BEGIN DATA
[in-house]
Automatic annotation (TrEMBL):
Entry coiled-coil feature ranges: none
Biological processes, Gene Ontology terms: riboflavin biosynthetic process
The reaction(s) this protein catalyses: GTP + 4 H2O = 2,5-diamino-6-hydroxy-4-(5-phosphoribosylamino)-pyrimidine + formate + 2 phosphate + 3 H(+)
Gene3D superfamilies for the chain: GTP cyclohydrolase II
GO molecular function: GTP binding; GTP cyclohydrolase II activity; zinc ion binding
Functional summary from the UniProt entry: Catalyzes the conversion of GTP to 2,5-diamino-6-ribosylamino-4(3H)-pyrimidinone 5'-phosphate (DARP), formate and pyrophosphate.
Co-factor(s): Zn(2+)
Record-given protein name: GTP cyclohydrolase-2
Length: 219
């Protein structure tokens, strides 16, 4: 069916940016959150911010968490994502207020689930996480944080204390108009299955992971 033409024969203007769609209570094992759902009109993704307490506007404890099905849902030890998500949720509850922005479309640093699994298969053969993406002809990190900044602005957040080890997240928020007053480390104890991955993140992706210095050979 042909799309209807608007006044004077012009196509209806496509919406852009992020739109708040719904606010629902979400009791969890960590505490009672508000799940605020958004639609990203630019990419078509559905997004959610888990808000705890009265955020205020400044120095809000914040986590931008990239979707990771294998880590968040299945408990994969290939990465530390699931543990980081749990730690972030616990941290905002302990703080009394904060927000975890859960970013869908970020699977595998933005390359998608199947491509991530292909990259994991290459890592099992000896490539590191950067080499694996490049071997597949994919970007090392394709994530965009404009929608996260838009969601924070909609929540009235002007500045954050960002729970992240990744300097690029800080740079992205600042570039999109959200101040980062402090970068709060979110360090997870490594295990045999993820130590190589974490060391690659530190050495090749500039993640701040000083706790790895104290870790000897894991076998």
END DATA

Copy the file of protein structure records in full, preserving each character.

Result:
[in-house]
Automatic annotation (TrEMBL):
Entry coiled-coil feature ranges: none
Biological processes, Gene Ontology terms: riboflavin biosynthetic process
The reaction(s) this protein catalyses: GTP + 4 H2O = 2,5-diamino-6-hydroxy-4-(5-phosphoribosylamino)-pyrimidine + formate + 2 phosphate + 3 H(+)
Gene3D superfamilies for the chain: GTP cyclohydrolase II
GO molecular function: GTP binding; GTP cyclohydrolase II activity; zinc ion binding
Functional summary from the UniProt entry: Catalyzes the conversion of GTP to 2,5-diamino-6-ribosylamino-4(3H)-pyrimidinone 5'-phosphate (DARP), formate and pyrophosphate.
Co-factor(s): Zn(2+)
Record-given protein name: GTP cyclohydrolase-2
Length: 219
């Protein structure tokens, strides 16, 4: 069916940016959150911010968490994502207020689930996480944080204390108009299955992971 033409024969203007769609209570094992759902009109993704307490506007404890099905849902030890998500949720509850922005479309640093699994298969053969993406002809990190900044602005957040080890997240928020007053480390104890991955993140992706210095050979 042909799309209807608007006044004077012009196509209806496509919406852009992020739109708040719904606010629902979400009791969890960590505490009672508000799940605020958004639609990203630019990419078509559905997004959610888990808000705890009265955020205020400044120095809000914040986590931008990239979707990771294998880590968040299945408990994969290939990465530390699931543990980081749990730690972030616990941290905002302990703080009394904060927000975890859960970013869908970020699977595998933005390359998608199947491509991530292909990259994991290459890592099992000896490539590191950067080499694996490049071997597949994919970007090392394709994530965009404009929608996260838009969601924070909609929540009235002007500045954050960002729970992240990744300097690029800080740079992205600042570039999109959200101040980062402090970068709060979110360090997870490594295990045999993820130590190589974490060391690659530190050495090749500039993640701040000083706790790895104290870790000897894991076998």